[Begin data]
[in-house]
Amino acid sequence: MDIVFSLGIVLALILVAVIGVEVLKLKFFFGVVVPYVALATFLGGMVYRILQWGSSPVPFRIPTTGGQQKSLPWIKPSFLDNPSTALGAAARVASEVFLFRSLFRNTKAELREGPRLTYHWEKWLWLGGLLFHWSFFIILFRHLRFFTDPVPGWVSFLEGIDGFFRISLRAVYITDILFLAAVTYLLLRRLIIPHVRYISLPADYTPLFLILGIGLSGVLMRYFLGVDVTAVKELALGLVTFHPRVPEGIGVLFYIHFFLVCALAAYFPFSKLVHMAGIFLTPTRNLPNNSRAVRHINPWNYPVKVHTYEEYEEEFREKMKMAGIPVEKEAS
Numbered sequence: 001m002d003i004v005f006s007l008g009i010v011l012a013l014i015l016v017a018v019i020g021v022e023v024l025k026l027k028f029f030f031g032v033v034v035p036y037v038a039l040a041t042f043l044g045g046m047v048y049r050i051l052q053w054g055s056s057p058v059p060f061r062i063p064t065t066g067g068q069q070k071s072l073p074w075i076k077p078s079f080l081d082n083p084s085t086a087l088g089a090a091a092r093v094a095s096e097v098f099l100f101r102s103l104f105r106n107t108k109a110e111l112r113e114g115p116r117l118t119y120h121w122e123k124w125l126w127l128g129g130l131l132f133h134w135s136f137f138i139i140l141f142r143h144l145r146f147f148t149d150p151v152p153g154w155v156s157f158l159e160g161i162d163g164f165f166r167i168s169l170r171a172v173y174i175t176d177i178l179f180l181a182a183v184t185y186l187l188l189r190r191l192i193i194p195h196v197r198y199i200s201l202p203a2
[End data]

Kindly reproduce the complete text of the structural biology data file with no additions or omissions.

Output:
[in-house]
Amino acid sequence: MDIVFSLGIVLALILVAVIGVEVLKLKFFFGVVVPYVALATFLGGMVYRILQWGSSPVPFRIPTTGGQQKSLPWIKPSFLDNPSTALGAAARVASEVFLFRSLFRNTKAELREGPRLTYHWEKWLWLGGLLFHWSFFIILFRHLRFFTDPVPGWVSFLEGIDGFFRISLRAVYITDILFLAAVTYLLLRRLIIPHVRYISLPADYTPLFLILGIGLSGVLMRYFLGVDVTAVKELALGLVTFHPRVPEGIGVLFYIHFFLVCALAAYFPFSKLVHMAGIFLTPTRNLPNNSRAVRHINPWNYPVKVHTYEEYEEEFREKMKMAGIPVEKEAS
Numbered sequence: 001m002d003i004v005f006s007l008g009i010v011l012a013l014i015l016v017a018v019i020g021v022e023v024l025k026l027k028f029f030f031g032v033v034v035p036y037v038a039l040a041t042f043l044g045g046m047v048y049r050i051l052q053w054g055s056s057p058v059p060f061r062i063p064t065t066g067g068q069q070k071s072l073p074w075i076k077p078s079f080l081d082n083p084s085t086a087l088g089a090a091a092r093v094a095s096e097v098f099l100f101r102s103l104f105r106n107t108k109a110e111l112r113e114g115p116r117l118t119y120h121w122e123k124w125l126w127l128g129g130l131l132f133h134w135s136f137f138i139i140l141f142r143h144l145r146f147f148t149d150p151v152p153g154w155v156s157f158l159e160g161i162d163g164f165f166r167i168s169l170r171a172v173y174i175t176d177i178l179f180l181a182a183v184t185y186l187l188l189r190r191l192i193i194p195h196v197r198y199i200s201l202p203a2